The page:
Against all Saidists … and in defence of the West

This is a cross-post from Jacobinism

@RichardDawkins “All the world’s Muslims have fewer Nobel Prizes than Trinity College, Cambridge. They did great things in the Middle Ages, though.”

Both parts of that tweet are demonstrably true. And yet, it was the object of the usual derision and hostility from those who appear to hold that any criticism of ‘minority’ cultures is racist and prejudiced by definition, irrespective of its accuracy. Especially when said criticism is expressed by a ‘privileged’ white Western male, who – it is alleged – harbours a racist agenda to embarrass and humiliate the Muslim world.

A good part of the blame for this lamentable state of affairs can be laid at the door of the late Columbia professor of comparative literature, Edward W. Said. The influence of Said’s writing is undeniable and incalculable. His key works Orientalism (1978), The Question of Palestine (1979), Covering Islam(1981) and Culture & Imperialism (1993) revolutionised the way in which the Middle East is studied, discussed and perceived in the Occident, and the first of these, Orientalism, is credited with having midwifed the birth of Post-Colonial studies in Western academia.

Today his work is assigned reading across a head-spinning array of disciplines and many of his arguments and premises have acquired the power of cross-cultural memes – that is to say, so entrenched have they have become in contemporary received wisdom, that one does not have to have read a page of Said’s writing to believe in the essential truth of his views.

As the neo-Conservative writer Joshua Muravchik allows in an otherwise highly critical piece for World Affairs:

[Said] not only transformed the West’s perception of the Israel-Arab conflict, he also led the way toward a new, post-socialist life for leftism in which the proletariat was replaced by “people of color” as the redeemers of humankind. During the ten years that have passed since his death there have been no signs that his extraordinary influence is diminishing.

Orientalism is – prima facie – an imposing piece of work. It confronts the reader with a blizzard of assertions, names, quotations and arguments dressed up in the kind of stultifying post-modern jargon often mistaken for scholarly erudition, all of which point to the same damning conclusion: that the West has been engaged in a lengthy, thoroughgoing and systematic attempt to dominate, control and subjugate Islamic society and culture, and that Orientalism, a hitherto respected discipline dedicated to the study of the Near, Mid and Far East, was and is little more than the malevolent handmaiden of Western militarism and Empire. As Said explained in one particularly intemperate passage:

It is therefore correct that every European, in what he could say about the Orient, was consequently a racist, an imperialist, and almost totally ethnocentric. [Pg. 204]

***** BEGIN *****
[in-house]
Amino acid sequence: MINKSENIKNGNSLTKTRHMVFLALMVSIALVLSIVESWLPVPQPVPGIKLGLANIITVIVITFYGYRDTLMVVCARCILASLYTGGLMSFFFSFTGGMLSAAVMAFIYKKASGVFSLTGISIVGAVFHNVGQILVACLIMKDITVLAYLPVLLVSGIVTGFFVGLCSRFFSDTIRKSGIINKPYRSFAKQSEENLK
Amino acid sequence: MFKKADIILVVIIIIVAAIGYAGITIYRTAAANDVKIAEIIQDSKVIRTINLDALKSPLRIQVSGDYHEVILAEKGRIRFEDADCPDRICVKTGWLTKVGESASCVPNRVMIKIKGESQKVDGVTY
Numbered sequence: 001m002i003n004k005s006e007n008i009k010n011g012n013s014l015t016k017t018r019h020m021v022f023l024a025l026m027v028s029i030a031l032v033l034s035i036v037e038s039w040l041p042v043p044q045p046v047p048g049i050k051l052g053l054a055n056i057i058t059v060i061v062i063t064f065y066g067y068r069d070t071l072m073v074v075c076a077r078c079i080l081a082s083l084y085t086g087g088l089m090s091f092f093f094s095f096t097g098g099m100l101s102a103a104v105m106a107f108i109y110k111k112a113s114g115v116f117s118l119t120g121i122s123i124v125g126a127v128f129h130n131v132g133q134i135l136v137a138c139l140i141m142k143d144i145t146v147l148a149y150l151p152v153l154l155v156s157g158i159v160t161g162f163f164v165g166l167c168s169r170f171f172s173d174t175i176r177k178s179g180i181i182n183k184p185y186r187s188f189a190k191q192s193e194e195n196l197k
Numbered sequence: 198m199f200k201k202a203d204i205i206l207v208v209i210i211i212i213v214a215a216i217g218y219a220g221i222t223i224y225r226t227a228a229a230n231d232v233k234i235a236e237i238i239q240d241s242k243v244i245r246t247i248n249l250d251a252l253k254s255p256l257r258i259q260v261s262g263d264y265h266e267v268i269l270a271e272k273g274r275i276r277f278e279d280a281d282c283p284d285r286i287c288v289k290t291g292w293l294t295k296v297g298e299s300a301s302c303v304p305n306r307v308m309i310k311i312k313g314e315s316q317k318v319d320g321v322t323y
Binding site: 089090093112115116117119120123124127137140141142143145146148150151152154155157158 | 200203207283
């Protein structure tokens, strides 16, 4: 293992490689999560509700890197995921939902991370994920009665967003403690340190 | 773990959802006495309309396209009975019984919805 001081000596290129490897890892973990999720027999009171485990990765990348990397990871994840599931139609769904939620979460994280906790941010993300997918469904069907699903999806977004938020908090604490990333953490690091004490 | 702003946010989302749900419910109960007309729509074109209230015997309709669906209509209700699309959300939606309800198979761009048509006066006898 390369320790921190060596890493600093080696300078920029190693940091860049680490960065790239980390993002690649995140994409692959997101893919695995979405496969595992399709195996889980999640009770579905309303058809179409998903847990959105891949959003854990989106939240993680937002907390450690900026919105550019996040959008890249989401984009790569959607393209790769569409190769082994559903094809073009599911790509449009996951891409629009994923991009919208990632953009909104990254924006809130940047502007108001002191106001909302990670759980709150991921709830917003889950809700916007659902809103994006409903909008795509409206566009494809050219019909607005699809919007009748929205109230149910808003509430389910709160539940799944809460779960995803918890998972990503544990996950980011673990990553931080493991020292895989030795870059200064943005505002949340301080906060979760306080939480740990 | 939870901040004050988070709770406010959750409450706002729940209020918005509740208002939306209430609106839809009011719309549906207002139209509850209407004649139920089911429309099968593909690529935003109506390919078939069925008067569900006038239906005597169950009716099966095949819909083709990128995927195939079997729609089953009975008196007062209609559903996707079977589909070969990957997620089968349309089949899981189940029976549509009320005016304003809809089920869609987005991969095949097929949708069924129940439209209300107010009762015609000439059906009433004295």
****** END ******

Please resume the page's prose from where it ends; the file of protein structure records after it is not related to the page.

This view, while manifestly absurd, nonetheless chimed with the prevailing view on the Left at the time of Orientalism‘s publication that Western culture, and caucasians in particular, had very little of which they could be proud and much of which they should be ashamed.

Two wars had devastated the European continent and beyond; technological advances were suddenly in the dock following the summary obliteration of Hiroshima and Nagasaki; post-Colonial guilt tormented those horrified by the crimes committed by their forefathers in the name of Empire; the brutal and bitter war for independence waged by the people Algeria had ended in 1962; the bitter struggle for racial equality in the United States had finally been won, but Martin Luther King was dead; and, across the globe, American foreign policy was held in contempt for its military involvement in South-East Asia.

In 1967, Susan Sontag informed the readers of The Partisan Review that:

The truth is that Mozart, Pascal, Boolean Algebra, Shakespeare, parliamentary government, baroque churches, Newton, the emancipation of women, Kant, Marx, and Balanchine ballets don’t redeem what this particular civilization has wrought upon the world. The white race is the cancer of human history.

(“Only,” Tom Wolfe remarked years later, “in the Land of Rococo Marxists.”)

French philosopher Michel Foucault, whose attacks on the notion of objective truth had seen a resurgence of moral and cultural relativism in the post-War West, was by no means alone in applauding the overthrow of the US-backed Iranian Shah in 1979 by theocratic fascists on this basis. That perverse mentality survives in academia to this day, as evidenced (to take but one example) by the English historian Mary Beard’s nauseating pronouncement in the immediate wake of 9/11 that “no matter how tactfully you dress it up, the US had it coming.”

Do read the full article here